Realize that you’re normal
In a way, post-pandemic life is very similar to what cancer patients go through, once they’ve finished treatment. All of a sudden, everybody expects them to just return to normal, and to be the same people they were before their cancer diagnoses.
But transitioning back to “normal life” is not that easy, because cancer – much like living through a pandemic – affects you permanently. The mindset it creates is not something you can just switch on and off, either. And some patients are still dealing with side effects, too, whether it’s hair loss, neuropathy or just not feeling normal. So, adapting to yet another new normal after a significant lifestyle change is a big adjustment.
This is particularly true right now for cancer patients, their caregivers and those who are immunocompromised. Because even as other people begin to relax, they may have to remain vigilant. They may even have to do more to protect themselves and their loved ones, due to changes in masking and social distancing requirements. And that can increase anxiety levels.
Know when to seek professional help for social anxiety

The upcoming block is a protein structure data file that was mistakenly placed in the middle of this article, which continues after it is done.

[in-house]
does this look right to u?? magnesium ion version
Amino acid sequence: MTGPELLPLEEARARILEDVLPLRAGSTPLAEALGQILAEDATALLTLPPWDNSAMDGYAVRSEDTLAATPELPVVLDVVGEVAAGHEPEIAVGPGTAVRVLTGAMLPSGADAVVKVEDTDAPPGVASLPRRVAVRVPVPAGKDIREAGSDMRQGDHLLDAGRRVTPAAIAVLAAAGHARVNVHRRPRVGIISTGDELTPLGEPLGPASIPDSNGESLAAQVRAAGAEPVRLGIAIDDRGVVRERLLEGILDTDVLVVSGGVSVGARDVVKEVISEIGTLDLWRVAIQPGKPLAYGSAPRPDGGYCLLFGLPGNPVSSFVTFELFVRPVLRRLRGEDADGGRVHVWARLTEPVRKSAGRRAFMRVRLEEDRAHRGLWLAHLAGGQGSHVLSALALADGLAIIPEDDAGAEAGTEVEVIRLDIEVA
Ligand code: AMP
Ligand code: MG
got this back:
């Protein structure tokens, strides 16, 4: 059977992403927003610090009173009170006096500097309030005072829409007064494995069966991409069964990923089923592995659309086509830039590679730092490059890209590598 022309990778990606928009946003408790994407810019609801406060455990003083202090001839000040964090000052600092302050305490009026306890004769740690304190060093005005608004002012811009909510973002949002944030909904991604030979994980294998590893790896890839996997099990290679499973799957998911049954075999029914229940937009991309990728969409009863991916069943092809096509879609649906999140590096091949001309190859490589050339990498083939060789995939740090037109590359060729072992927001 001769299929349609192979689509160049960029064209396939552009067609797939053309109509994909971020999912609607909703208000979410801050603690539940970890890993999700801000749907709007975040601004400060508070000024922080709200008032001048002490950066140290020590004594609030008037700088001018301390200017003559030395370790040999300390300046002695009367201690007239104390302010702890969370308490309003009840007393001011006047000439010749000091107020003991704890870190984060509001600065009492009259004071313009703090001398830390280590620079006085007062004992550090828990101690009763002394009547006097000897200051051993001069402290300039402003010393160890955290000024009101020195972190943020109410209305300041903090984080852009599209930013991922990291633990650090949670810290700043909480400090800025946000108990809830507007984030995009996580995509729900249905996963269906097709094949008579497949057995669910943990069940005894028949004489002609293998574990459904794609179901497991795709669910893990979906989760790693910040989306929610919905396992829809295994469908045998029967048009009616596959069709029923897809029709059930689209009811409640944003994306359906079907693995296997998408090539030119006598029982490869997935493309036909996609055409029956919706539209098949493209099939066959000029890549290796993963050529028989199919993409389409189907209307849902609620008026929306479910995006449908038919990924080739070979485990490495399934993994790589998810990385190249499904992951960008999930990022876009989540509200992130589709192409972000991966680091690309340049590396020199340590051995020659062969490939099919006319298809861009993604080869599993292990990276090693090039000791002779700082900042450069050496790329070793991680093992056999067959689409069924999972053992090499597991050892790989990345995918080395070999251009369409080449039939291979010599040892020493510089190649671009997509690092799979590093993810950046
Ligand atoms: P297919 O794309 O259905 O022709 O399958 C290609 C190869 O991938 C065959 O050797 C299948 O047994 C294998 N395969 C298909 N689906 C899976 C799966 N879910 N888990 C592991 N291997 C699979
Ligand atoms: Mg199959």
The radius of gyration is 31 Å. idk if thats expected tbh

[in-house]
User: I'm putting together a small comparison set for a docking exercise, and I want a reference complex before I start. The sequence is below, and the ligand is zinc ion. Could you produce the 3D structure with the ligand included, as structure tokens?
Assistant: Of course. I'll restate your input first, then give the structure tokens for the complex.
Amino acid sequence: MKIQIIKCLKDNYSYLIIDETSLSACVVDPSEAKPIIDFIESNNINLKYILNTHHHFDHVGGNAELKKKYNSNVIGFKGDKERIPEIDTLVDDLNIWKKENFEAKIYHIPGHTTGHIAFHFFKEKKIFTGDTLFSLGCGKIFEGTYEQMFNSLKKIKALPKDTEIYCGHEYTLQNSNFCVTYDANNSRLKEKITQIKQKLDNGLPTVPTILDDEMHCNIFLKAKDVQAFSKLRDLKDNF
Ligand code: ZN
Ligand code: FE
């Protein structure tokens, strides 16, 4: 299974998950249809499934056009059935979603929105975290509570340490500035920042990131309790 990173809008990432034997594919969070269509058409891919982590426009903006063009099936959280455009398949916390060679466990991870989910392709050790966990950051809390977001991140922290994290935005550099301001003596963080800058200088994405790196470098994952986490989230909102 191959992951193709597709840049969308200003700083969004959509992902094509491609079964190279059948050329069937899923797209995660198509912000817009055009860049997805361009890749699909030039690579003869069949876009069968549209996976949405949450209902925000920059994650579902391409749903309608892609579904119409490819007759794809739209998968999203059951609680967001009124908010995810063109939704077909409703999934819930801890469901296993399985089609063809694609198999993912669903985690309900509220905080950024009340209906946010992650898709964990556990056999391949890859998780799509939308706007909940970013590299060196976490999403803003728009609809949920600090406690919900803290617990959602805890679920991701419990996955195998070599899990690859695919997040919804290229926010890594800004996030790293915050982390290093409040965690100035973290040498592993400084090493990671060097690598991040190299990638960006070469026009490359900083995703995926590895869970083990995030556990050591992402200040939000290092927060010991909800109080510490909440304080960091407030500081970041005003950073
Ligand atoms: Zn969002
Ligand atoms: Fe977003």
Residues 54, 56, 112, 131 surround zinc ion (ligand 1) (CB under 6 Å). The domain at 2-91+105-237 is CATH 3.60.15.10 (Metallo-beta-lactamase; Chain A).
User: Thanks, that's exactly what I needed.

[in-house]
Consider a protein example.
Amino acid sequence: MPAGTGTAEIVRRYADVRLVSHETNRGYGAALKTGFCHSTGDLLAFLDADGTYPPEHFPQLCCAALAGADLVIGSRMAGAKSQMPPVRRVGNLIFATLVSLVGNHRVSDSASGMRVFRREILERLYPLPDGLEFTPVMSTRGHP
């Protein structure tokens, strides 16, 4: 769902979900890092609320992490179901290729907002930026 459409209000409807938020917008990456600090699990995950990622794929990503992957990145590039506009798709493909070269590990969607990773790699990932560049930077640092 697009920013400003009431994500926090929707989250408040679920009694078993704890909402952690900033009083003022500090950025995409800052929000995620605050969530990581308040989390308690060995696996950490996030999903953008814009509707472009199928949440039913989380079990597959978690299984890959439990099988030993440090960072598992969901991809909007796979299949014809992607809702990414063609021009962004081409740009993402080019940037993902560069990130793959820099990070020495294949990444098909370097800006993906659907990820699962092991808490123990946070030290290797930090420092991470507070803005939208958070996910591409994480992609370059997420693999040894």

The most important thing to remember right now is that it’s totally normal to feel awkward, self-conscious, or worried about embarrassing yourself after a long time away from other people – so you’re not alone. But keep in mind, too, that the things we fear and worry about the most rarely happen. And many people are finding that these social skills come back to them much more easily than they anticipated.
If that turns out not to be the case for you, or you’re still feeling a lot of anxiety around social situations, it’s probably time to ask for help. Reach out to your doctor if you have any concerns. Or, request a referral to one of our social work counselors or psychiatrists if you’re an MD Anderson patient or caregiver, and would like help managing your anxiety.